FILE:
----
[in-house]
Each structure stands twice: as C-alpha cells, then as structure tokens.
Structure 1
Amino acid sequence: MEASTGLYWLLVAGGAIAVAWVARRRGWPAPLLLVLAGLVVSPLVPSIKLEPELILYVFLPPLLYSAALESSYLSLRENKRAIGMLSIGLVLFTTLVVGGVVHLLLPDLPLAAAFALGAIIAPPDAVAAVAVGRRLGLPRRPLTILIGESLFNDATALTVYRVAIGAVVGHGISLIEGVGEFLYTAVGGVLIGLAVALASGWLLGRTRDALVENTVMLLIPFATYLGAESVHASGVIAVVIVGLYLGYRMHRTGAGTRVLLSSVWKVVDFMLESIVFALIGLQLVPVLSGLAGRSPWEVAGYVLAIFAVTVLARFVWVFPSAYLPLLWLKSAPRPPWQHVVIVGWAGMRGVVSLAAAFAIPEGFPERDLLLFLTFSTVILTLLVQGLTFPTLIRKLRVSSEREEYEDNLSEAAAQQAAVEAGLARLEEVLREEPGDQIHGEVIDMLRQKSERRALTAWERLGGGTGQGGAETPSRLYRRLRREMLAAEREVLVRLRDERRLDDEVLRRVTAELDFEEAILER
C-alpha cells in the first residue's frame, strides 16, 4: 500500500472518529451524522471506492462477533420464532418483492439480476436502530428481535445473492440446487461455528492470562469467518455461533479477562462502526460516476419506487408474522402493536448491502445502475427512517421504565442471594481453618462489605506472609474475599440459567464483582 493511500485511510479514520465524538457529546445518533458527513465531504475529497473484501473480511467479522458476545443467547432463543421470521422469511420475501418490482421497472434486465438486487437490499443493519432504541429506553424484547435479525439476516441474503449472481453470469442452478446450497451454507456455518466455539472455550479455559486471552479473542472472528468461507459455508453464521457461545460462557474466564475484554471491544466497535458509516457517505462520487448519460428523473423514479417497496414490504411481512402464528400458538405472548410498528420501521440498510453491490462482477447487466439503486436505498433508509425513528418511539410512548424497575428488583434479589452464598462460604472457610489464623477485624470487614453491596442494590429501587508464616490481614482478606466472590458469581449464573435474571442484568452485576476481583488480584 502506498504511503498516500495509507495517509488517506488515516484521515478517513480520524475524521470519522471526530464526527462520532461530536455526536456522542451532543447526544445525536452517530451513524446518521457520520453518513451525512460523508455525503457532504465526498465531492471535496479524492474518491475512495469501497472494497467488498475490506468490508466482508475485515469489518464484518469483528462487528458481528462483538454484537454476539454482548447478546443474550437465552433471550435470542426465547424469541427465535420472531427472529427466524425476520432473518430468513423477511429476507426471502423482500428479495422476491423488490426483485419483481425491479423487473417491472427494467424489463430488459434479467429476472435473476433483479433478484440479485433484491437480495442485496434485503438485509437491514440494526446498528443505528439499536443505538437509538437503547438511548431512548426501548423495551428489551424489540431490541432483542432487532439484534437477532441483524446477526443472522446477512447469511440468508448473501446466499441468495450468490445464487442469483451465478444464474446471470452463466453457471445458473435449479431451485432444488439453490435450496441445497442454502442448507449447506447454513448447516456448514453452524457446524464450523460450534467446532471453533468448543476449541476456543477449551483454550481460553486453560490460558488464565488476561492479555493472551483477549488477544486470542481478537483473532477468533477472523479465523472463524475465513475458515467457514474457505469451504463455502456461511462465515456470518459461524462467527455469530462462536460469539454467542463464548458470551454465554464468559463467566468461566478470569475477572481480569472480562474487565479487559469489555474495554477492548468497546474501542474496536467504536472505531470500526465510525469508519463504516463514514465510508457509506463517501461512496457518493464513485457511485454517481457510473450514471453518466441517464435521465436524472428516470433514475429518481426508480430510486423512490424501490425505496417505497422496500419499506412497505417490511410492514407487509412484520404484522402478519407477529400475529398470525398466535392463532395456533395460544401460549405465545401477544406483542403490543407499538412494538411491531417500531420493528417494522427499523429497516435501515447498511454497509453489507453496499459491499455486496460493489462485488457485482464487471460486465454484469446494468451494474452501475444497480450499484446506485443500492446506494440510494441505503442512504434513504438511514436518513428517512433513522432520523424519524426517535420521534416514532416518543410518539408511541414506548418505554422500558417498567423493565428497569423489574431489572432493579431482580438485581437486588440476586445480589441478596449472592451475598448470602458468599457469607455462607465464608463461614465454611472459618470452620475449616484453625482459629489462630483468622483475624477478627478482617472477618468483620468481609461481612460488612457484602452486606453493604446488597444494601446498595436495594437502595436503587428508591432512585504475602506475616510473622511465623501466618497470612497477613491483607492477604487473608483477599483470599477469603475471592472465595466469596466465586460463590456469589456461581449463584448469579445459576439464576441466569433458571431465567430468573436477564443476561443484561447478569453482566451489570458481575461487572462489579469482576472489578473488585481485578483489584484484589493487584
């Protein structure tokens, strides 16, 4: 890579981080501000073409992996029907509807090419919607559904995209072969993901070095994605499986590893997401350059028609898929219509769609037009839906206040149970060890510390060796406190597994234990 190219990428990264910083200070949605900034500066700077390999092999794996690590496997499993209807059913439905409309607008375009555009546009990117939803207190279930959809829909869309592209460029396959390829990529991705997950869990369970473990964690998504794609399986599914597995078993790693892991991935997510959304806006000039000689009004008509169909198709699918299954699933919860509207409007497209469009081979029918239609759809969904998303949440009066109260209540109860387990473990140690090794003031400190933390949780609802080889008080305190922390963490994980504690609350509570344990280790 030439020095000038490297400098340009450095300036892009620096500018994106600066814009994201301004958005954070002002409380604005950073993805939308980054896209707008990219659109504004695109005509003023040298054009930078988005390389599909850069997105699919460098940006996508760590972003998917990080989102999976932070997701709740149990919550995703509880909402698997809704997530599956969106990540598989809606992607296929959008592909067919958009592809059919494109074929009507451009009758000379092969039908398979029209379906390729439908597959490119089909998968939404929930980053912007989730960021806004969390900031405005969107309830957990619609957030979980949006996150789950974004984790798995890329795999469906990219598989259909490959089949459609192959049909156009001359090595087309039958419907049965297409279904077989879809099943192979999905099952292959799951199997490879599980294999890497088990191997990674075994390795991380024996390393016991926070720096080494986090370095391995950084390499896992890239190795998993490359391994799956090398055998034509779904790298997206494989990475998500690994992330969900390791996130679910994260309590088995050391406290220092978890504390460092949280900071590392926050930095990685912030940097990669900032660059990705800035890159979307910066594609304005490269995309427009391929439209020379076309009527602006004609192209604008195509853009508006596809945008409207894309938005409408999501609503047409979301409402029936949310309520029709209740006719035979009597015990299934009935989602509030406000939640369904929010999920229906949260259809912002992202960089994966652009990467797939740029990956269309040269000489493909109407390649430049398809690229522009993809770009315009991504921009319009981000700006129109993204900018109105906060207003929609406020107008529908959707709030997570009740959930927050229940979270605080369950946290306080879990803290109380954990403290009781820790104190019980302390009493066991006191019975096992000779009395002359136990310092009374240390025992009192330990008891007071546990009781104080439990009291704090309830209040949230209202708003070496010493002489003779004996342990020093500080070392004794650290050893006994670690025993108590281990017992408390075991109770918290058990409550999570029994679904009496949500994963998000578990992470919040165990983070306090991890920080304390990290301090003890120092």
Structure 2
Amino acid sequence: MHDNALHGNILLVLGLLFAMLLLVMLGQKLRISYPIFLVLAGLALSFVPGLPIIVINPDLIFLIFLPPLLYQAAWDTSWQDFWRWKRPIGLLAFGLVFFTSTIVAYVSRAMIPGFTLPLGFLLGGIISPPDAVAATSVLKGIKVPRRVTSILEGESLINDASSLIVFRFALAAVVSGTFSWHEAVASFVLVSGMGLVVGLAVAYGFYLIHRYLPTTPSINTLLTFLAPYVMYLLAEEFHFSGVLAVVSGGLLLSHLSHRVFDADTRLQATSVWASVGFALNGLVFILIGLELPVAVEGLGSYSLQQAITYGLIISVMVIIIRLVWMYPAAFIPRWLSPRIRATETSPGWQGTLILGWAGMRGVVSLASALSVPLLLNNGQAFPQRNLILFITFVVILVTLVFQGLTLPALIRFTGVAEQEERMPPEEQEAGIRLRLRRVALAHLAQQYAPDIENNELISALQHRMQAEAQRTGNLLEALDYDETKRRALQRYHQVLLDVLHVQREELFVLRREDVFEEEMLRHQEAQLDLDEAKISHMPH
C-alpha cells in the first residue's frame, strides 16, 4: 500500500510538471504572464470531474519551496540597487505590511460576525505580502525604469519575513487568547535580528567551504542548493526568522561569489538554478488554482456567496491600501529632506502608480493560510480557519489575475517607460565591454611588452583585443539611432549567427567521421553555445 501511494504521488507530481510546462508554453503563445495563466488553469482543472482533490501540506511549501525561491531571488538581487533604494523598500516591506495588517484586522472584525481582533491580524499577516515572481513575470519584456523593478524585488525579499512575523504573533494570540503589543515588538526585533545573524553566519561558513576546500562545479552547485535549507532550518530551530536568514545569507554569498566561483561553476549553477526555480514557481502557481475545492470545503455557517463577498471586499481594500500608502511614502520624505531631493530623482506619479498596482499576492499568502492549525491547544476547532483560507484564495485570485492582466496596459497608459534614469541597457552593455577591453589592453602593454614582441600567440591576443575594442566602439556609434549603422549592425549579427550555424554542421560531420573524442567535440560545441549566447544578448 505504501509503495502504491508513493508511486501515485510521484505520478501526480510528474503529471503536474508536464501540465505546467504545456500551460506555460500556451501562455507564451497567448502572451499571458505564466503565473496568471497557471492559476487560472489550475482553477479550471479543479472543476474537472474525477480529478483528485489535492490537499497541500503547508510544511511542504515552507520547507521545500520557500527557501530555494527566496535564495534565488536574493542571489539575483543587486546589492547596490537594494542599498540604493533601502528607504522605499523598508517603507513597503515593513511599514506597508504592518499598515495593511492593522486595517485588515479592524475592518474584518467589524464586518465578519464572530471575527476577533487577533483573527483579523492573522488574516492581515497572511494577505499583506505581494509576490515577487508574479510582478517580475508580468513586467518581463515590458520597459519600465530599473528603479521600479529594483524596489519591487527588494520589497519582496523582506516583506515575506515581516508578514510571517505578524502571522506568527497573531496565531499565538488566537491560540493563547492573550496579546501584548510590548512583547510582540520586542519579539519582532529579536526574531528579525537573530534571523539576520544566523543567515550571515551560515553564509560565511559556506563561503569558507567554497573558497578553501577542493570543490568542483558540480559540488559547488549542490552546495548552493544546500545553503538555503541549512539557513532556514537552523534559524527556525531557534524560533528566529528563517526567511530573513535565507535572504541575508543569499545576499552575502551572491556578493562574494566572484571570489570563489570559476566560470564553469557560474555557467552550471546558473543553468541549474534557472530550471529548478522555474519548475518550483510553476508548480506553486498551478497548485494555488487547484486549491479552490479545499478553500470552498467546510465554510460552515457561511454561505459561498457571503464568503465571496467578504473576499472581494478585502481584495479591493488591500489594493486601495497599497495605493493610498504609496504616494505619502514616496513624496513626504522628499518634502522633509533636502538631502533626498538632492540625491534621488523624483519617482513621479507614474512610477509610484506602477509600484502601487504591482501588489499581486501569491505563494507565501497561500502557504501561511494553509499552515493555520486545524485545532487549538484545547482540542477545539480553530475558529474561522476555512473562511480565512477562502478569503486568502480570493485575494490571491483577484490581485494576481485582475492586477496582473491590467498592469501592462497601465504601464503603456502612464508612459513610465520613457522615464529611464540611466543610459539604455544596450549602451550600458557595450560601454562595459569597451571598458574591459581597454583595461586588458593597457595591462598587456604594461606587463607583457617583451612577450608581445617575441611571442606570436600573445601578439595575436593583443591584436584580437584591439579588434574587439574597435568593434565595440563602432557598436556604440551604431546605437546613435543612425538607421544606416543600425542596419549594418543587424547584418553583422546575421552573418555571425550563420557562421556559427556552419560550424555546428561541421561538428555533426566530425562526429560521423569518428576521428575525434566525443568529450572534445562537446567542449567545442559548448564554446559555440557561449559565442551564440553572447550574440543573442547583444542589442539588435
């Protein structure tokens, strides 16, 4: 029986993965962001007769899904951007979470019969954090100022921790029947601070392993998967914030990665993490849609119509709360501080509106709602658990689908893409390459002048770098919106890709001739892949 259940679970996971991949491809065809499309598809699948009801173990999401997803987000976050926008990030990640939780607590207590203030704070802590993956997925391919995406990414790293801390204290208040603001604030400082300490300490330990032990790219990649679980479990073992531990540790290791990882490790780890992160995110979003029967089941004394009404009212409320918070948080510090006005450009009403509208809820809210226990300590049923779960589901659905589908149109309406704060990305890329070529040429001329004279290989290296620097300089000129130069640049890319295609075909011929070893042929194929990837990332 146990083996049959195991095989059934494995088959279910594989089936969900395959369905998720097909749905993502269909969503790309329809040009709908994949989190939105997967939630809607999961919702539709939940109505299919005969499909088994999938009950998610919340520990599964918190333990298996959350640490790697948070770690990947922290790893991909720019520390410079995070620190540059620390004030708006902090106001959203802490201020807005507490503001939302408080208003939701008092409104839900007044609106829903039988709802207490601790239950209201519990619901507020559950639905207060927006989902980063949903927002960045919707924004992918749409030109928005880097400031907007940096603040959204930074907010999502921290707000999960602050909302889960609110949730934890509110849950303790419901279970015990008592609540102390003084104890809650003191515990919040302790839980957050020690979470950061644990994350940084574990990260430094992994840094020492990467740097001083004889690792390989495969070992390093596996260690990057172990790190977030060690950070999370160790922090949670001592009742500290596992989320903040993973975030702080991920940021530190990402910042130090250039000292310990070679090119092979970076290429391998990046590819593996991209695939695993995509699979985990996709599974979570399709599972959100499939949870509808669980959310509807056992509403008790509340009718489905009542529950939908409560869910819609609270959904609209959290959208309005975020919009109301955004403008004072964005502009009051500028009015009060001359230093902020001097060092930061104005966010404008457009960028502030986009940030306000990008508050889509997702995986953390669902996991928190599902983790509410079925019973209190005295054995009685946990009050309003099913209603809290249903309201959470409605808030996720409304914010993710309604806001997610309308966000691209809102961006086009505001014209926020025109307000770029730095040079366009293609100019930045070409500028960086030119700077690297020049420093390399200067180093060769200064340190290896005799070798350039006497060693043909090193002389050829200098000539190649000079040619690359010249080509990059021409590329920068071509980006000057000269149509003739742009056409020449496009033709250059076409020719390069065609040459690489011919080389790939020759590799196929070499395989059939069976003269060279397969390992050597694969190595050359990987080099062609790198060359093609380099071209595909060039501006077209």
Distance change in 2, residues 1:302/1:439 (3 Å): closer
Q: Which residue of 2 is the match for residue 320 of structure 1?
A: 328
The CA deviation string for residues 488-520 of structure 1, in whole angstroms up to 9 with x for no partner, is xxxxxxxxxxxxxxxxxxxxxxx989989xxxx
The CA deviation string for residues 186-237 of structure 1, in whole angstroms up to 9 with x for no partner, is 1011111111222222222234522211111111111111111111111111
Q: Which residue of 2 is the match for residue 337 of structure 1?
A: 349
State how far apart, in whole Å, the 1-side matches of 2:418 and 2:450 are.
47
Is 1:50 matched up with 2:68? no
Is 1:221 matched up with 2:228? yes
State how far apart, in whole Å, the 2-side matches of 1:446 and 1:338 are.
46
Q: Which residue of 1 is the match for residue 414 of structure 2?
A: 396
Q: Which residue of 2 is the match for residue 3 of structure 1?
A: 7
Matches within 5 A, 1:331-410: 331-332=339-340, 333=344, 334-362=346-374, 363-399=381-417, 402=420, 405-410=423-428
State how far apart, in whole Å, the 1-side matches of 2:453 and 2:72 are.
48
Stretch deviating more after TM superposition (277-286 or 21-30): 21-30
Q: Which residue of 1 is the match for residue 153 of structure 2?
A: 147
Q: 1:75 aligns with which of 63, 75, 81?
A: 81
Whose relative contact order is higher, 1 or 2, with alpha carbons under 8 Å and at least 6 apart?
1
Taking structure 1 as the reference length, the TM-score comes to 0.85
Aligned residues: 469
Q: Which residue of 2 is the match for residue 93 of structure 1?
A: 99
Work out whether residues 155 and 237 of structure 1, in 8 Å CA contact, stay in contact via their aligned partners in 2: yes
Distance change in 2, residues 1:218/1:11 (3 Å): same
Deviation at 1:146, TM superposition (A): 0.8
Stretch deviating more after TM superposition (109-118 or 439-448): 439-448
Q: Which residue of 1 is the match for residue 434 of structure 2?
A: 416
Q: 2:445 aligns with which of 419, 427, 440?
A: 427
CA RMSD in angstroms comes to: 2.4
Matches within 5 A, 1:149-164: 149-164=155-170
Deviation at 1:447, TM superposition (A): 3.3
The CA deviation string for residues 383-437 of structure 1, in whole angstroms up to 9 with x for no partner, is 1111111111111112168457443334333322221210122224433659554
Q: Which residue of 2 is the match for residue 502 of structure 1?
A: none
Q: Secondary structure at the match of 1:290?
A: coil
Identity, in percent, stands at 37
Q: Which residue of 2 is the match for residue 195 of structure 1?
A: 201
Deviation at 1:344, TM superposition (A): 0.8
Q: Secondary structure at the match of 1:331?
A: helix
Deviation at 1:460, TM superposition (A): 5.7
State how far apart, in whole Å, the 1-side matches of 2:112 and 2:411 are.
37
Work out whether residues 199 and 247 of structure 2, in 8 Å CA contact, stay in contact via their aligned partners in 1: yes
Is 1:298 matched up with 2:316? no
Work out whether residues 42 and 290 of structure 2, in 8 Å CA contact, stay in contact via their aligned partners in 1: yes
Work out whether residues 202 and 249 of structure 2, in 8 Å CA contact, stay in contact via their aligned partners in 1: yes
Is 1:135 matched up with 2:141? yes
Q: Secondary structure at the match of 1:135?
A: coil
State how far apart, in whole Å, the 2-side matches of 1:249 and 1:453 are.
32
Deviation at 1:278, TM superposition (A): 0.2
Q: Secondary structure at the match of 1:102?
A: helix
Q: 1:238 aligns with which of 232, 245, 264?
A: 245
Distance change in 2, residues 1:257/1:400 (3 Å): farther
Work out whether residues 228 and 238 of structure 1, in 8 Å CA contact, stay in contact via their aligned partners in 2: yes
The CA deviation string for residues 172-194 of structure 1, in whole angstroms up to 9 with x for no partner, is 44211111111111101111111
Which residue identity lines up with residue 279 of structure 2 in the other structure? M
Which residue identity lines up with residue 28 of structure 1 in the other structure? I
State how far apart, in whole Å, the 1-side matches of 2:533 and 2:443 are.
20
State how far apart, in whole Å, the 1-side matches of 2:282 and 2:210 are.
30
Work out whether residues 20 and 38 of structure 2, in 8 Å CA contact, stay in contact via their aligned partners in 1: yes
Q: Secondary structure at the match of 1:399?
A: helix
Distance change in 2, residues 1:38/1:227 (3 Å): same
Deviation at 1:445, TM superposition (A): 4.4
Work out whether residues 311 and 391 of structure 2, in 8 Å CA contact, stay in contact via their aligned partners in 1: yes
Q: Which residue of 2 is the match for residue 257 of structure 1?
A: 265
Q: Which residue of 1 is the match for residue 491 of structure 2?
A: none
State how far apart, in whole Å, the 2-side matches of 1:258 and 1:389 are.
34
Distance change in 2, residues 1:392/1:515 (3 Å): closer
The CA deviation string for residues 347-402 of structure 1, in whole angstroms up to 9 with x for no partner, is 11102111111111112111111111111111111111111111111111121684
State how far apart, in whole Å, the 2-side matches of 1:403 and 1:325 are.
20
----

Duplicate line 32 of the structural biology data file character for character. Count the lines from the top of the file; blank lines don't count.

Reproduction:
Q: Which residue of 1 is the match for residue 153 of structure 2?